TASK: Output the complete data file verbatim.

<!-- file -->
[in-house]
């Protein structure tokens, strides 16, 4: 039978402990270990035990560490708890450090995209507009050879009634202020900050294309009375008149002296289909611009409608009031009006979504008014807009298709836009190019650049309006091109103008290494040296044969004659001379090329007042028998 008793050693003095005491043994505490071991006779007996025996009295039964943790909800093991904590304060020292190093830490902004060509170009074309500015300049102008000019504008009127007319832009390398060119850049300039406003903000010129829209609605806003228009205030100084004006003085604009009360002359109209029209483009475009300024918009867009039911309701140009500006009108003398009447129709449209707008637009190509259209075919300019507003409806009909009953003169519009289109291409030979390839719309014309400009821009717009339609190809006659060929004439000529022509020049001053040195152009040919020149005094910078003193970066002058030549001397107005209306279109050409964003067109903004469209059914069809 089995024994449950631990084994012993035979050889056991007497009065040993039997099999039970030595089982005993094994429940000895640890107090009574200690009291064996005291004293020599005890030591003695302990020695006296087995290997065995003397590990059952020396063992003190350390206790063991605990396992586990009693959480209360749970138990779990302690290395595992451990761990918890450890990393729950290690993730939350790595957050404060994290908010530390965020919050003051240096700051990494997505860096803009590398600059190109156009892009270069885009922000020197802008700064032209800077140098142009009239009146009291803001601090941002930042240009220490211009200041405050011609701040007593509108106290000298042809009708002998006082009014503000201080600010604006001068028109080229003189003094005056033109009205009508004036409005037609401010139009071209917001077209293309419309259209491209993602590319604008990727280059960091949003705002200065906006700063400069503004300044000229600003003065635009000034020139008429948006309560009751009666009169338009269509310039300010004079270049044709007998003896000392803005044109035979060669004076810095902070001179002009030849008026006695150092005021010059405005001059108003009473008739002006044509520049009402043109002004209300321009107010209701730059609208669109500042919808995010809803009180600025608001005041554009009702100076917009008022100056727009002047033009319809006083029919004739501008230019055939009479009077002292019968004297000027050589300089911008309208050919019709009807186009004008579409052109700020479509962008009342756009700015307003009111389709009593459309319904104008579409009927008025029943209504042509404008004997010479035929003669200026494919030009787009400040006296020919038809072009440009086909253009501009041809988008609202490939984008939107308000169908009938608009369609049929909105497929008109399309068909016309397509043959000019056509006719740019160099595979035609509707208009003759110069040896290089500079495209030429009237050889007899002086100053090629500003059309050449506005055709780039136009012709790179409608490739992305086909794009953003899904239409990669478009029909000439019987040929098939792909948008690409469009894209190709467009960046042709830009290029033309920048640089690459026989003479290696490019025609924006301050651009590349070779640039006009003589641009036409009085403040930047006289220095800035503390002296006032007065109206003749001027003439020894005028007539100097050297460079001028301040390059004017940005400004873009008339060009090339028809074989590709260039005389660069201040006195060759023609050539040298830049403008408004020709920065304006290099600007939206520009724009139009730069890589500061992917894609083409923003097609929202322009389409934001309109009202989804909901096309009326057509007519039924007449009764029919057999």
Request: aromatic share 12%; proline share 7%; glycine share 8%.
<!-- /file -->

[in-house]
């Protein structure tokens, strides 16, 4: 039978402990270990035990560490708890450090995209507009050879009634202020900050294309009375008149002296289909611009409608009031009006979504008014807009298709836009190019650049309006091109103008290494040296044969004659001379090329007042028998 008793050693003095005491043994505490071991006779007996025996009295039964943790909800093991904590304060020292190093830490902004060509170009074309500015300049102008000019504008009127007319832009390398060119850049300039406003903000010129829209609605806003228009205030100084004006003085604009009360002359109209029209483009475009300024918009867009039911309701140009500006009108003398009447129709449209707008637009190509259209075919300019507003409806009909009953003169519009289109291409030979390839719309014309400009821009717009339609190809006659060929004439000529022509020049001053040195152009040919020149005094910078003193970066002058030549001397107005209306279109050409964003067109903004469209059914069809 089995024994449950631990084994012993035979050889056991007497009065040993039997099999039970030595089982005993094994429940000895640890107090009574200690009291064996005291004293020599005890030591003695302990020695006296087995290997065995003397590990059952020396063992003190350390206790063991605990396992586990009693959480209360749970138990779990302690290395595992451990761990918890450890990393729950290690993730939350790595957050404060994290908010530390965020919050003051240096700051990494997505860096803009590398600059190109156009892009270069885009922000020197802008700064032209800077140098142009009239009146009291803001601090941002930042240009220490211009200041405050011609701040007593509108106290000298042809009708002998006082009014503000201080600010604006001068028109080229003189003094005056033109009205009508004036409005037609401010139009071209917001077209293309419309259209491209993602590319604008990727280059960091949003705002200065906006700063400069503004300044000229600003003065635009000034020139008429948006309560009751009666009169338009269509310039300010004079270049044709007998003896000392803005044109035979060669004076810095902070001179002009030849008026006695150092005021010059405005001059108003009473008739002006044509520049009402043109002004209300321009107010209701730059609208669109500042919808995010809803009180600025608001005041554009009702100076917009008022100056727009002047033009319809006083029919004739501008230019055939009479009077002292019968004297000027050589300089911008309208050919019709009807186009004008579409052109700020479509962008009342756009700015307003009111389709009593459309319904104008579409009927008025029943209504042509404008004997010479035929003669200026494919030009787009400040006296020919038809072009440009086909253009501009041809988008609202490939984008939107308000169908009938608009369609049929909105497929008109399309068909016309397509043959000019056509006719740019160099595979035609509707208009003759110069040896290089500079495209030429009237050889007899002086100053090629500003059309050449506005055709780039136009012709790179409608490739992305086909794009953003899904239409990669478009029909000439019987040929098939792909948008690409469009894209190709467009960046042709830009290029033309920048640089690459026989003479290696490019025609924006301050651009590349070779640039006009003589641009036409009085403040930047006289220095800035503390002296006032007065109206003749001027003439020894005028007539100097050297460079001028301040390059004017940005400004873009008339060009090339028809074989590709260039005389660069201040006195060759023609050539040298830049403008408004020709920065304006290099600007939206520009724009139009730069890589500061992917894609083409923003097609929202322009389409934001309109009202989804909901096309009326057509007519039924007449009764029919057999």
Request: aromatic share 12%; proline share 7%; glycine share 8%.